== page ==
Reading guide
The report has the following composition. The first chapter reviews the existing Dutch impact assessment frameworks (ANV, Clingendael and HCSS) and arrives at a set of conditions with which EWEA impact assessments should comply. The second chapter develops an impact assessment method which is specifically tailored to Dutch EWEA efforts by tackling various limitations of the three previously analysed assessment frameworks (e.g. being too nationally focused). The third chapter presents and discusses specific indicators to measure impacts. The final section concludes and provides a guideline on how to interpret the results.


Kars de Bruijne, Senior Research Fellow at the Conflict Research Unit of the Clingendael Institute


From indices to insight

Submitted by Inge on Wed, 12/01/2021 - 14:32

A proposal to enhance the risk assessment of the Dutch Early Warning/Early Action process

Over the course of the last three decades, countless scholars, diplomats and experts have sought to develop reliable ways to predict and prevent violent conflict and instability. These efforts have yielded a vast array of analytical instruments, ranging from indices that measure various proximate and structural causes of instability to forecasting models that estimate the probability of an outbreak of violent conflict.

Predicting and preventing violent conflict and instability

Presently, there is a great deal of data available ranging from better measures of political violence and better predictors of violence. Moreover, as data sciences advance, social scientists have been able to develop new models and refine their predictions. However, as such tools proliferate, so do the challenges for policymakers.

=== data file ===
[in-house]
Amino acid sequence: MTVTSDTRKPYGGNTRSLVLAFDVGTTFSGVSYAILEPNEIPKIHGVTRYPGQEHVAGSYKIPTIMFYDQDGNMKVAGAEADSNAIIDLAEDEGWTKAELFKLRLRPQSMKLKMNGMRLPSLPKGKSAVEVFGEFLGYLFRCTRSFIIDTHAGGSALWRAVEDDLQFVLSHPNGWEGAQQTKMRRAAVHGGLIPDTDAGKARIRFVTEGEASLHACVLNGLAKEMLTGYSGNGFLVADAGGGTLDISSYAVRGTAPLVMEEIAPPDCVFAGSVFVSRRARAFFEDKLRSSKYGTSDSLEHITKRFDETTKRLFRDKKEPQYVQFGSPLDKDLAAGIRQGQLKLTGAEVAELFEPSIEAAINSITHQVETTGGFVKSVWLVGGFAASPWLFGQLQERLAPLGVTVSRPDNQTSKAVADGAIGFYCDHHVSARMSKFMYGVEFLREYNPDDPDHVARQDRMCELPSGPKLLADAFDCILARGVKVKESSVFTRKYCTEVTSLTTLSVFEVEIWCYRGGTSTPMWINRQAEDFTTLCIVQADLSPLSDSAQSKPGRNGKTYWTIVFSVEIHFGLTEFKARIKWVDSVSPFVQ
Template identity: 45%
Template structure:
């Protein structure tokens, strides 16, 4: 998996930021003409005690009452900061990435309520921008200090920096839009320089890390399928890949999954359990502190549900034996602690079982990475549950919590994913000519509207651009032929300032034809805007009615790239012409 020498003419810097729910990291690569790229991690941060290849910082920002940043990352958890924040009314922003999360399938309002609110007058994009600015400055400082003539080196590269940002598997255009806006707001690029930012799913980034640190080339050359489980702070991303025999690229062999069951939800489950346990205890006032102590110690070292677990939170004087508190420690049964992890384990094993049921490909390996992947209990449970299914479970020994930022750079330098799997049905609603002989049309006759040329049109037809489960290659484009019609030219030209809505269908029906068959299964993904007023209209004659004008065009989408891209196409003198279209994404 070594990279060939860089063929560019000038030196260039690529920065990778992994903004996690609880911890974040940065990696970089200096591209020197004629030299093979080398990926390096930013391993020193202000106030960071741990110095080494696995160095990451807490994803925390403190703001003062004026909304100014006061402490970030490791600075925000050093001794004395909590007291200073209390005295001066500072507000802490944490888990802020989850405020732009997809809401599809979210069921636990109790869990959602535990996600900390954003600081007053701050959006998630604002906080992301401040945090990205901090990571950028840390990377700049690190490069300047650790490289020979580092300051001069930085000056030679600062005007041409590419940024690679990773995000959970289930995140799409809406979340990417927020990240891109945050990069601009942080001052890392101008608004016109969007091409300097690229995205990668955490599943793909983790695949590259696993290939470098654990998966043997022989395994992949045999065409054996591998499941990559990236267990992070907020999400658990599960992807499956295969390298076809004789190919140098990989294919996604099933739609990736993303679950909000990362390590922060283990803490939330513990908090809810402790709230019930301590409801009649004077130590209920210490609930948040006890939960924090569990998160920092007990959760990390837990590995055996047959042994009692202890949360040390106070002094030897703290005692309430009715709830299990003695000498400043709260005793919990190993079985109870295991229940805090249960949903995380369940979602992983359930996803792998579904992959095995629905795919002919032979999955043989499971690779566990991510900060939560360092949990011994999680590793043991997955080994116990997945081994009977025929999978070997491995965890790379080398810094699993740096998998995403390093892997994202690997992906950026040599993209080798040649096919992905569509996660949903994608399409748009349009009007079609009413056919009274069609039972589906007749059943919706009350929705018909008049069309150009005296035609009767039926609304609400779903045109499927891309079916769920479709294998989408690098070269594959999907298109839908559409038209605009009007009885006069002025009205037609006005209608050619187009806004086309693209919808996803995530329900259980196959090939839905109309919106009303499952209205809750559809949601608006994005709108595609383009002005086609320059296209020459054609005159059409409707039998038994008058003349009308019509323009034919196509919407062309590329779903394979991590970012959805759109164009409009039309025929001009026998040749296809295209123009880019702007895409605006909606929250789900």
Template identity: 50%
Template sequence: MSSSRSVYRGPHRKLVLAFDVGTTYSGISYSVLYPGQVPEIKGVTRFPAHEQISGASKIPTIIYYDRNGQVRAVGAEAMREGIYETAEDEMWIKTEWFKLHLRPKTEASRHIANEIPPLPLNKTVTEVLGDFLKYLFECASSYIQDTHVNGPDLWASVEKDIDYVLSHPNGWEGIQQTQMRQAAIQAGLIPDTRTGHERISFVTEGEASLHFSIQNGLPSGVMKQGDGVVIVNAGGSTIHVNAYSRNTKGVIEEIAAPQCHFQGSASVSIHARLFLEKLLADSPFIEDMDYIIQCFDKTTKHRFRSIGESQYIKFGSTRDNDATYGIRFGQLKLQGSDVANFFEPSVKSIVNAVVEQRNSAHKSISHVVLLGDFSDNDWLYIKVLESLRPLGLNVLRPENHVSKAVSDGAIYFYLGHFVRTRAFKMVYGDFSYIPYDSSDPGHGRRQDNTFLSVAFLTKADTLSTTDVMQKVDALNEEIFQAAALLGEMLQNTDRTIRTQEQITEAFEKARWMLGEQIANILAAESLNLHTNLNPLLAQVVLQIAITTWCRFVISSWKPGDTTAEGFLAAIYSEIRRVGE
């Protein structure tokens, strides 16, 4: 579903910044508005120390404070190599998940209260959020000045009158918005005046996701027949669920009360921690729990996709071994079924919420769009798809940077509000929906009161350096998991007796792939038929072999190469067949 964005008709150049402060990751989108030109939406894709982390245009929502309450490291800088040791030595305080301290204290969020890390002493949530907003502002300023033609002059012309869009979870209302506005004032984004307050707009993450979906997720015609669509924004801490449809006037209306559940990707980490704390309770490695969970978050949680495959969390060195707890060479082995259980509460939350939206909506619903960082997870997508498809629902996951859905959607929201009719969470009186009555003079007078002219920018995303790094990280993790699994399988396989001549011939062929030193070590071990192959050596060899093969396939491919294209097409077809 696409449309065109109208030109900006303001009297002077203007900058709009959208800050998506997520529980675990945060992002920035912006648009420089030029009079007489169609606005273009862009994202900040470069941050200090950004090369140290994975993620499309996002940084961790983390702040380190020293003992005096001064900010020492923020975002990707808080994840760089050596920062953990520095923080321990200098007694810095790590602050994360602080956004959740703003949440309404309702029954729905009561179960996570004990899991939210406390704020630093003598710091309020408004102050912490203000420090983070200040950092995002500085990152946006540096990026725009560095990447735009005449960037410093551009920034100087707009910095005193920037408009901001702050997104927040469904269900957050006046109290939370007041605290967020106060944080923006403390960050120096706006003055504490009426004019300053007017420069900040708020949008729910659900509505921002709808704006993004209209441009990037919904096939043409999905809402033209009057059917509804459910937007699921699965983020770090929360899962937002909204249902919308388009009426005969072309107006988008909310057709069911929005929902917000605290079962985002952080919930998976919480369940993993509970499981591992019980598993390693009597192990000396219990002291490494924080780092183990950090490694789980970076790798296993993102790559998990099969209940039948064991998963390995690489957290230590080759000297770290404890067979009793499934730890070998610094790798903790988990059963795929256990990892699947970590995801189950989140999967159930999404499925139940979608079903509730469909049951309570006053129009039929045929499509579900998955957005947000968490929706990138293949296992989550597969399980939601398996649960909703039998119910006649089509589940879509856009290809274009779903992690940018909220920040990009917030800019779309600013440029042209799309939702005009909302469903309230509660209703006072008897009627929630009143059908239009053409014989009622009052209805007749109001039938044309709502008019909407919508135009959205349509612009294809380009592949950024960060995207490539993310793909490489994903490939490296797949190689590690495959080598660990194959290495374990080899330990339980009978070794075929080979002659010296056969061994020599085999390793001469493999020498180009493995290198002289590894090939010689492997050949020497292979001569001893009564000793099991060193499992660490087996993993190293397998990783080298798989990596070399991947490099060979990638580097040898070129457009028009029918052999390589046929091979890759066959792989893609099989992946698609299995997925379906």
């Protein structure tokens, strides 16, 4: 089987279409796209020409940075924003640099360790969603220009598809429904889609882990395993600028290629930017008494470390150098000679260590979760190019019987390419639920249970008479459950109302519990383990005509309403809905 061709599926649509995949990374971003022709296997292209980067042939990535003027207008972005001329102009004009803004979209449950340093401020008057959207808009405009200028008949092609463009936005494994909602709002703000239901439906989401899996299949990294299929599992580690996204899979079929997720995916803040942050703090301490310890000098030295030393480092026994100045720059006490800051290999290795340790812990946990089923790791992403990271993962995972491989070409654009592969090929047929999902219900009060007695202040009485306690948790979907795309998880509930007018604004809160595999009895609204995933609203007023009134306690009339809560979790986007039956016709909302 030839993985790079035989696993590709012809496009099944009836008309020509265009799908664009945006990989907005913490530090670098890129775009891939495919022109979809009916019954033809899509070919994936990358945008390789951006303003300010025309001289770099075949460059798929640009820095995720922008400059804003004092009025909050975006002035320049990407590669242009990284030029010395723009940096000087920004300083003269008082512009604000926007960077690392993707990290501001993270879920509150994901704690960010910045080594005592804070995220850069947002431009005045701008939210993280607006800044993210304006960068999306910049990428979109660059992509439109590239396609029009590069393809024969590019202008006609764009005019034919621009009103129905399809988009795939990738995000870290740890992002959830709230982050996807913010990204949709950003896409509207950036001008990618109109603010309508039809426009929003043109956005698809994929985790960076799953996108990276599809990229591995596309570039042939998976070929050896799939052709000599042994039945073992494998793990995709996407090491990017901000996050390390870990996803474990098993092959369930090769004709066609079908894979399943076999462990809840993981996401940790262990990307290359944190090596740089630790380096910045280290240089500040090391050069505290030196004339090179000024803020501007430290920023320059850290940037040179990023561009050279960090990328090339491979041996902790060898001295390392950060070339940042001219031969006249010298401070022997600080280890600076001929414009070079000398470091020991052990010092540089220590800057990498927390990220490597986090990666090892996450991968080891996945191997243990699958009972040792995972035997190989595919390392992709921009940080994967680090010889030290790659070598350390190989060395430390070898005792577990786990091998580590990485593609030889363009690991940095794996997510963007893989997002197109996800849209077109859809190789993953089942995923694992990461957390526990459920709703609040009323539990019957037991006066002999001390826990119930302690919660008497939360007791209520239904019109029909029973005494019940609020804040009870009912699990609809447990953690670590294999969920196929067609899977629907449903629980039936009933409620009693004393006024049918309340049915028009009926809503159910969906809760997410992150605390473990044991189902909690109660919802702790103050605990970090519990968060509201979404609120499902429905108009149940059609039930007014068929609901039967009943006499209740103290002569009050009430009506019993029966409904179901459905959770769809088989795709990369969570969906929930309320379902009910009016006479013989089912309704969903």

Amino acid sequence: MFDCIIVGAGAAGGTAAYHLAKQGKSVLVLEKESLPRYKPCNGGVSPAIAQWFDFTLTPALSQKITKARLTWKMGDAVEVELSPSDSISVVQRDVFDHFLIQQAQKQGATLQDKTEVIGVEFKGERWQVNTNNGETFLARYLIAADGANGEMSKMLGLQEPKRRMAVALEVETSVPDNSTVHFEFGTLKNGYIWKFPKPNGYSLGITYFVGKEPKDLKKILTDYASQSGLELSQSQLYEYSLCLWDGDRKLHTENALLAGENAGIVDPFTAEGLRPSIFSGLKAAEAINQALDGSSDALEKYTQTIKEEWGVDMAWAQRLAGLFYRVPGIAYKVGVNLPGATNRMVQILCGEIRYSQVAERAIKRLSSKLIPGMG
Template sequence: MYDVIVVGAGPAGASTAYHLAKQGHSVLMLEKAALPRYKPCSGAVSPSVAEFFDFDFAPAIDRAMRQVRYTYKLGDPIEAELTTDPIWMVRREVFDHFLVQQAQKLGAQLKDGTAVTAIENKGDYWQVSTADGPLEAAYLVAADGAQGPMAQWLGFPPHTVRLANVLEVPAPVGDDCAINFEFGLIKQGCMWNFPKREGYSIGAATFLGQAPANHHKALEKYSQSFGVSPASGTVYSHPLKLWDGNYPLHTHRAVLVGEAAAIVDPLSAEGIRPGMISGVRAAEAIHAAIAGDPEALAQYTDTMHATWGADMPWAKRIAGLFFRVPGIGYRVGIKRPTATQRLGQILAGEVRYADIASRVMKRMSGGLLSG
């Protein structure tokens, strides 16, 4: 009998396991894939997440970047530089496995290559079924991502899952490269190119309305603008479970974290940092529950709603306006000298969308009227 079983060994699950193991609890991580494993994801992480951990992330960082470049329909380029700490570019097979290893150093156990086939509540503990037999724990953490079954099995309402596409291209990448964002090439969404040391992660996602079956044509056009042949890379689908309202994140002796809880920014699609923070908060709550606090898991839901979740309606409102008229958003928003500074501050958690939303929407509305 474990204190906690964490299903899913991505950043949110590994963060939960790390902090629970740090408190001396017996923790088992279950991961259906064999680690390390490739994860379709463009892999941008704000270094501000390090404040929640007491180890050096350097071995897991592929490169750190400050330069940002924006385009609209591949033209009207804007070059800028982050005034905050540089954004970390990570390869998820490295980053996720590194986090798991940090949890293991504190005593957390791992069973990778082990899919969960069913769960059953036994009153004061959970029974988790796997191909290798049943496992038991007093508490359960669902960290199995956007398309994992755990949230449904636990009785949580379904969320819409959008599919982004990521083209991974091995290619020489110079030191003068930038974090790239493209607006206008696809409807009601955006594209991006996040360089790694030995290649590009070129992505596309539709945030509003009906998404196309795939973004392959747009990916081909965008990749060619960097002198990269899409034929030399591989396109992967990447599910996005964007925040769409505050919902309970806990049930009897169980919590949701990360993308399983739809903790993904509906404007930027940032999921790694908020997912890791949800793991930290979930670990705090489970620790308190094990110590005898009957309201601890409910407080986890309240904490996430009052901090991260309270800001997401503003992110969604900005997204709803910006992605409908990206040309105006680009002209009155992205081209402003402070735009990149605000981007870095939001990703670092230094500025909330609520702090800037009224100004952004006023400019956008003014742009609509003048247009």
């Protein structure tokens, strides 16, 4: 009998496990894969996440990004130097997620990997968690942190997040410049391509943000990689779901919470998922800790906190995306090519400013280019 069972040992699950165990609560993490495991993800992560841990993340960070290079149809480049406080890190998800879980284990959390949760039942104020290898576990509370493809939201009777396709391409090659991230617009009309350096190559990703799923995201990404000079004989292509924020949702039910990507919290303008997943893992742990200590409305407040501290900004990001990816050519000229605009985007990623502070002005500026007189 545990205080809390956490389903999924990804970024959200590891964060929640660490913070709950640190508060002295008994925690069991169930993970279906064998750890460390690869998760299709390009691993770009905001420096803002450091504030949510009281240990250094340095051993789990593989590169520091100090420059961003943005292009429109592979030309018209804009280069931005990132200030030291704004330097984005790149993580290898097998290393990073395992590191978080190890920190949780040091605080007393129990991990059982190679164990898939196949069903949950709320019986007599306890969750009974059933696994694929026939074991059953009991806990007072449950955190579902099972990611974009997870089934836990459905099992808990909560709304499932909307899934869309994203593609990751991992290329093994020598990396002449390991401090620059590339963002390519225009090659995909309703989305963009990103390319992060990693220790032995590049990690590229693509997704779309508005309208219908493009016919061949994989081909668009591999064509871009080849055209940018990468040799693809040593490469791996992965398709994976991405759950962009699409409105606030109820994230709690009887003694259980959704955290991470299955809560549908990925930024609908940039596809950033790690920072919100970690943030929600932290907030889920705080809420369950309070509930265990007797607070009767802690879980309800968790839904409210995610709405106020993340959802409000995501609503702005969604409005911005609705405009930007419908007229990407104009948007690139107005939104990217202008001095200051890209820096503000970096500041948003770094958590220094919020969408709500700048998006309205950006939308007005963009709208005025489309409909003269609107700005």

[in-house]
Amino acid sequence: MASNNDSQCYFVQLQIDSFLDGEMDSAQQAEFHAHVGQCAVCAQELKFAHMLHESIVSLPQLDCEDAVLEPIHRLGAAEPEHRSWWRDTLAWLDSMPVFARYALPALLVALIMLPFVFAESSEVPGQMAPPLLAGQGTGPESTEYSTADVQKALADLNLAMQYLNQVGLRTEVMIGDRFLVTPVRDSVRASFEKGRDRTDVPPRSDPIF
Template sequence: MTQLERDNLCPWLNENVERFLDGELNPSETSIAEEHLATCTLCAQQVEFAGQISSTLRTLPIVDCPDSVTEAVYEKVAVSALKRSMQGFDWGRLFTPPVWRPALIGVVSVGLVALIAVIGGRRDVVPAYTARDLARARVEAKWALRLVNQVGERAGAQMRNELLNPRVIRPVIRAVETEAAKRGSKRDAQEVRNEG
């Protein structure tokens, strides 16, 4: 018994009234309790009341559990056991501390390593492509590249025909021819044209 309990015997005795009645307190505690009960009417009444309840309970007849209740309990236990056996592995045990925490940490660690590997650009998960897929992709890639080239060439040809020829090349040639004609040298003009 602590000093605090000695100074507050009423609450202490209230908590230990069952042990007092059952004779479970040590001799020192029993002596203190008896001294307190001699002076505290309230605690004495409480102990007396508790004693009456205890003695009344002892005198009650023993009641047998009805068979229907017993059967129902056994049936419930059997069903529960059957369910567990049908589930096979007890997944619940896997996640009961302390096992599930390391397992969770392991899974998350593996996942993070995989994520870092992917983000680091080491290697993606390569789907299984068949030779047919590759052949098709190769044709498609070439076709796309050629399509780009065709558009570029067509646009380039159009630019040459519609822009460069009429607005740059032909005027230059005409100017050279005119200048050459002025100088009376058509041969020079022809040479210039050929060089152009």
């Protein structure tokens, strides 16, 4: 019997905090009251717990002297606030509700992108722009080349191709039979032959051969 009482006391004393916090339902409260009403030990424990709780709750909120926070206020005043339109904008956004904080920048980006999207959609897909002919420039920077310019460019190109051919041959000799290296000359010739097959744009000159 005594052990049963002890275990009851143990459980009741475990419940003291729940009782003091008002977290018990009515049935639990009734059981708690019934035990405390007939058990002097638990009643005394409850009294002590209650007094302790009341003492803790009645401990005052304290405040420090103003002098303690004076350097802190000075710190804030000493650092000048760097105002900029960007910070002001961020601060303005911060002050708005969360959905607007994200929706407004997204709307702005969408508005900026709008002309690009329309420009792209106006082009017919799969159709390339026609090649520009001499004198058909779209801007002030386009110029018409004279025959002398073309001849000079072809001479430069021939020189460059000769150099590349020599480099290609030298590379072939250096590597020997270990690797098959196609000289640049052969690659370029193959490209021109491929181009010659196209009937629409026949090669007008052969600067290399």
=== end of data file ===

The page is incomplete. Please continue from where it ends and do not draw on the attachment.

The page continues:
First, more data does not always mean ‘better’ data. Key indicators such as on political inclusivity, local grievances and competition are often still not readily available. 

Second, more data and better methodologies have not always meant a better insight into conflict risks. While we have generally become better in predicting the continuation and intensity of ongoing conflict, it remains a major challenge to predict which countries will become unstable and when. 

Third, perhaps the biggest problem is that even when having a clear insight into conflict risks, converting these insights into actionable policies remains difficult. In these instances, it is often not a lack of information or insufficient early warning signals per se that pose the key obstacles, but rather the ability to convert these data points into policy-relevant analysis and to identify relevant entry points for preventive efforts.

The Government of the Netherlands

These challenges are particularly relevant for the Government of the Netherlands. In 2018 the Government of the Netherlands prioritised conflict prevention as the first goal of its Integrated International Security Strategy, emphasising the importance of ‘a solid information position, with up-to-date and detailed information, based in part on innovative big data solutions for peace and security’.